• Normafa

    Tradition has it that an old beech-tree was planted in the 15th century in the time of the great Hungarian king, King Matthias. The mighty beech attracted artists of later times, several writers, poets and painters have immortalised the beauty of the spot. In 1840, actors of the National Theatre made a visit to the tree, and Rozália Schodelné Klein performed the great aria of Bellini's Norma. Later, the tree was named Normafa as a memento of this performance. In 1927, the old tree fell. Today, visitors see a beech that was planted in 1962.

    Nowadays the name Normafa does not only refer to this single tree, rather it relates to a beautiful scenery with a splendid view of Budapest, which has been a popular place of excursion since the 19th century.

  • Erzsébet observation tower

    Not far away from the famous beech-tree, the Erzsébet observation tower offers an excellent panorama of Budapest and its surroundings in clear weather. Built in 1910, the observation tower stands proudly on the top of János-hegy (János Hill), the highest peak of Budapest (527 metres). The neo-Romanesque building was designed by Frigyes Schulek, who also designed the Halászbástya (Fishermen's Bastion) in the Buda Castle. The structure has a round base; it stands 23.5 metres tall with 4 round terraces. As it is illuminated most of the year, the Erzsébet observation tower can be easily spotted out from most parts of Budapest.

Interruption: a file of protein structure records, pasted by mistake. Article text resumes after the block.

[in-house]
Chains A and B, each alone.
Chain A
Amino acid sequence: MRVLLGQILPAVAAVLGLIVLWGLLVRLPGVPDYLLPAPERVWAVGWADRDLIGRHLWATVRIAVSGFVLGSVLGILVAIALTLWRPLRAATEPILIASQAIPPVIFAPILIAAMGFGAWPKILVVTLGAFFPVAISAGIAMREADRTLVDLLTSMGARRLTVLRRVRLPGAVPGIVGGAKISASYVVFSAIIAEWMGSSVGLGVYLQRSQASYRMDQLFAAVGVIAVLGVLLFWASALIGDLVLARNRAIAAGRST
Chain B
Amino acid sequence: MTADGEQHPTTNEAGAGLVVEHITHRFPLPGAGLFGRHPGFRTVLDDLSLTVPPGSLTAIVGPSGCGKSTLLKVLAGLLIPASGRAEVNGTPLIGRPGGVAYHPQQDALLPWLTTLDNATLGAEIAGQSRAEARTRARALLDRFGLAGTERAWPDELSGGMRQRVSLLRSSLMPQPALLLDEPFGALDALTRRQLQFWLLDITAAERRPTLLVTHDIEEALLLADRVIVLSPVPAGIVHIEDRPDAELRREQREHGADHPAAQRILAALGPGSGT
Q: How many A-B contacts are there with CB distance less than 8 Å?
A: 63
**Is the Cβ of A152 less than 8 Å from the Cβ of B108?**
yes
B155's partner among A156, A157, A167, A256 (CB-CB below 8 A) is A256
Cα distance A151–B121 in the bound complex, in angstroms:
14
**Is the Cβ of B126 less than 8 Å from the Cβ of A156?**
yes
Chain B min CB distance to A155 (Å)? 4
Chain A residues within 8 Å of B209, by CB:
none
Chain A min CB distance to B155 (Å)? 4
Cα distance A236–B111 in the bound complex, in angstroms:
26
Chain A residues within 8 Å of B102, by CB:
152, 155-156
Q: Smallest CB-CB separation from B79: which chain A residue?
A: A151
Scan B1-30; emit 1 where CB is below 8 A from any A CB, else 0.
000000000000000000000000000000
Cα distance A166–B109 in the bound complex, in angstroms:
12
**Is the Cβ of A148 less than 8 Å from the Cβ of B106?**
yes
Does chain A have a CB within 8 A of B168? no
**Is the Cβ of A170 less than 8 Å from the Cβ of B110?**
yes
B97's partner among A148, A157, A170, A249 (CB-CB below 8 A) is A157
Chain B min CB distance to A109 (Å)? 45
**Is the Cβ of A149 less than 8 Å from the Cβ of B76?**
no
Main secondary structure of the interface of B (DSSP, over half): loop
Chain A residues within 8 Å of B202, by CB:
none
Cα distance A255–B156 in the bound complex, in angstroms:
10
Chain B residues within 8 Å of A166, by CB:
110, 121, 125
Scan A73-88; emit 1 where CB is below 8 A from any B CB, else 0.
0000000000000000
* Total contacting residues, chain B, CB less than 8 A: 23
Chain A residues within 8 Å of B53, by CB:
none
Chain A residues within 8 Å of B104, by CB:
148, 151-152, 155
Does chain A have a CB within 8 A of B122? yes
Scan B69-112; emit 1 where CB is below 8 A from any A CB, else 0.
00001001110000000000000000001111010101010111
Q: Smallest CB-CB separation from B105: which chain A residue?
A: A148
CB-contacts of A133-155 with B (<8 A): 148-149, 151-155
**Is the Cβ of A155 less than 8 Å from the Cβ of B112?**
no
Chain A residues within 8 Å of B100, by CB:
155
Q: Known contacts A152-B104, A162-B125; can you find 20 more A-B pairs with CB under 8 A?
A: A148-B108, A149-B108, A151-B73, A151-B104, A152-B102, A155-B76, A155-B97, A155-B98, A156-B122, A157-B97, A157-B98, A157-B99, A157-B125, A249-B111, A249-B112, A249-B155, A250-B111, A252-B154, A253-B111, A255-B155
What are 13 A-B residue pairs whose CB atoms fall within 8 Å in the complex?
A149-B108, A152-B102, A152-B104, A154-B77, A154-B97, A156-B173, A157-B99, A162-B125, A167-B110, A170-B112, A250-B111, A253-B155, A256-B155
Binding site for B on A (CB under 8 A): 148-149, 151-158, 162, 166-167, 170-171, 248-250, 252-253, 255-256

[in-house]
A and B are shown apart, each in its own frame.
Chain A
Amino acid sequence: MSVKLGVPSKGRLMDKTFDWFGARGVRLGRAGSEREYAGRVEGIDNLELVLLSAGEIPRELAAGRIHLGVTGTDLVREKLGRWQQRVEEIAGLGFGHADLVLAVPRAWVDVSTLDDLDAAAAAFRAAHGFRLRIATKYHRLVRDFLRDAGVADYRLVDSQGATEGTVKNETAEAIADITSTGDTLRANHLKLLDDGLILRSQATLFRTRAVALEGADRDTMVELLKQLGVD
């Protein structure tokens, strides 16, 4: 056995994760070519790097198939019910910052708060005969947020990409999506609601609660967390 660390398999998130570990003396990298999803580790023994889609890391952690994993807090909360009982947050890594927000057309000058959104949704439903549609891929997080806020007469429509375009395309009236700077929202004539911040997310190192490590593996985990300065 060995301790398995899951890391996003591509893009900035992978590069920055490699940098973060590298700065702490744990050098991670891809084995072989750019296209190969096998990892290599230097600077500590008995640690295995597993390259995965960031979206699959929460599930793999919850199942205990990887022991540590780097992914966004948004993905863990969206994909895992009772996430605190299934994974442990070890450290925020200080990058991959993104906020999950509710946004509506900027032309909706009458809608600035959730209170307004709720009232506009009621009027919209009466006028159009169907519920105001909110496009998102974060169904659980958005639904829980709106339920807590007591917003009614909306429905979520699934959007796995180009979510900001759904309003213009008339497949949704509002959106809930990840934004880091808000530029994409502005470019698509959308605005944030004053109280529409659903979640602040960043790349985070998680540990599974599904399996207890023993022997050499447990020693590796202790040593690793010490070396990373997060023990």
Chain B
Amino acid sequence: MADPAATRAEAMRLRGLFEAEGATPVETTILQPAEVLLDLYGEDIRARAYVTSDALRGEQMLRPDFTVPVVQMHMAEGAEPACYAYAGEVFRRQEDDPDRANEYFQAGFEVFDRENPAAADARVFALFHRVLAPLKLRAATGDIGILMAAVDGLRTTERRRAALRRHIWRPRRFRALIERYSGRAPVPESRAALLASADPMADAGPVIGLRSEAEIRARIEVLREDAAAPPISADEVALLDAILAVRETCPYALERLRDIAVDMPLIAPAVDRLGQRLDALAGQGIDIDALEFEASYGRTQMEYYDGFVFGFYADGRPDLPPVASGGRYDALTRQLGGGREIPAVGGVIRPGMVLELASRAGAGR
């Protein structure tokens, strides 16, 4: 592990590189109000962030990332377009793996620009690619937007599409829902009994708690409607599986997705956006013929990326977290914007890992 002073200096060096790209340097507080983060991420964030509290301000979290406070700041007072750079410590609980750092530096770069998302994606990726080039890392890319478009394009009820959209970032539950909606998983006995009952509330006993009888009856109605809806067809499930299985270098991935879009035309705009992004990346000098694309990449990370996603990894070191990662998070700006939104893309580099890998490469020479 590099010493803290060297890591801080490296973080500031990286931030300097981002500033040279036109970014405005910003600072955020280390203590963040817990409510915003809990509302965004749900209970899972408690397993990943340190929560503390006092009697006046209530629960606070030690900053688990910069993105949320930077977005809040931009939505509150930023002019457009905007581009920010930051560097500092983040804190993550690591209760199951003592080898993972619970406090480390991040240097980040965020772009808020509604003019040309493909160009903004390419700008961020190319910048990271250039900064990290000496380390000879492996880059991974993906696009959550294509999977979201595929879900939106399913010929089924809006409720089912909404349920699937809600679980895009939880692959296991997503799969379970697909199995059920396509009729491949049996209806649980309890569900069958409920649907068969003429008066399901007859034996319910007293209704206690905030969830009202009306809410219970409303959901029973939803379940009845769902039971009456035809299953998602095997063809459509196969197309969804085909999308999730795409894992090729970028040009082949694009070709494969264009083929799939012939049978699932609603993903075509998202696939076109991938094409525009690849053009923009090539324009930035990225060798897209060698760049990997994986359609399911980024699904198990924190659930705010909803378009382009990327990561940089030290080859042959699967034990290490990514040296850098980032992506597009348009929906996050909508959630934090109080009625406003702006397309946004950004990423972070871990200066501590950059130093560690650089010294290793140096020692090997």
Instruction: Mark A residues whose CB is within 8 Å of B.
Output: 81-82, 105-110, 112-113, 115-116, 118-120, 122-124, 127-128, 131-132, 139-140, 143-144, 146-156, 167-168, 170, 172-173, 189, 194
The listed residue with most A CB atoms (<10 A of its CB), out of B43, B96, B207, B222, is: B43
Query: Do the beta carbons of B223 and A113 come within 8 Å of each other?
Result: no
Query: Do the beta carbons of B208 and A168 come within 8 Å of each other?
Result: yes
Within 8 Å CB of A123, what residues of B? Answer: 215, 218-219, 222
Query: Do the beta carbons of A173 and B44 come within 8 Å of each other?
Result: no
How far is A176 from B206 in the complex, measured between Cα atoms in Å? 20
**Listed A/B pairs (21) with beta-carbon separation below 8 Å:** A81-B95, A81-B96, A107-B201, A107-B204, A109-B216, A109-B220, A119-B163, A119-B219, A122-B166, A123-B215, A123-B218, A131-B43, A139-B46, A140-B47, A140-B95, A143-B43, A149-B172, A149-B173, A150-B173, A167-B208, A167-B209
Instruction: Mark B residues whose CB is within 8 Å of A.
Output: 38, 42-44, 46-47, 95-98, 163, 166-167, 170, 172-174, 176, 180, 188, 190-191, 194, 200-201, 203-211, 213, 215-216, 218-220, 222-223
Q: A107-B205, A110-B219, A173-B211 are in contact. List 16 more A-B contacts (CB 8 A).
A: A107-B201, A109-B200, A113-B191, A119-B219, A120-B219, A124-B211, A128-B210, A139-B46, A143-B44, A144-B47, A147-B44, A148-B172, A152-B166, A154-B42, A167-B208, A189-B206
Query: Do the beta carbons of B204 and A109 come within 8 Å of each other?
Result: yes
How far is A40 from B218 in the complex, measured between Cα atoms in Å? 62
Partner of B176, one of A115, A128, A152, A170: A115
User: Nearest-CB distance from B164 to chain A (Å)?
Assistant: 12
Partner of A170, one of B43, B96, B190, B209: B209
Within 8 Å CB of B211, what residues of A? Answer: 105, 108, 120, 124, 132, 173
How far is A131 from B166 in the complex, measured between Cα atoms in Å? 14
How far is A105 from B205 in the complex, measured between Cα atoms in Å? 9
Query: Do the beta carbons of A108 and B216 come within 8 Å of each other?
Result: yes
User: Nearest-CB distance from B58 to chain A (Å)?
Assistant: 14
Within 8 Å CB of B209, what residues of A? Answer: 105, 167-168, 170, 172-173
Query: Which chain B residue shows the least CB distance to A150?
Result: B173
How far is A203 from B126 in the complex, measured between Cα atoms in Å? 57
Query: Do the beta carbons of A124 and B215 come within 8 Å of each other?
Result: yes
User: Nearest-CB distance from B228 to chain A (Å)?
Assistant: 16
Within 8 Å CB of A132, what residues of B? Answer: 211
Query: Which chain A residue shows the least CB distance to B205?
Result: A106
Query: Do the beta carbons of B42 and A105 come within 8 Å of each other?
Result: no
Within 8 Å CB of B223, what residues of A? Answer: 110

Other well known and frequented sites in the area include the followings:

    • Tündér-hegy (Fairy Hill) with the astonishing Tündér-szikla (Fairy Rock).
    • Sváb-hegy (Sváb Hill)
    • Harang-völgy and Csillag-völgy (Bell Valley, Star Valley), both are favourite walking destinations of those living in Budapest.
    • Disznófő-forrás (Wildboar Spring), a spring of excellent drinking water with an ornamental pig head.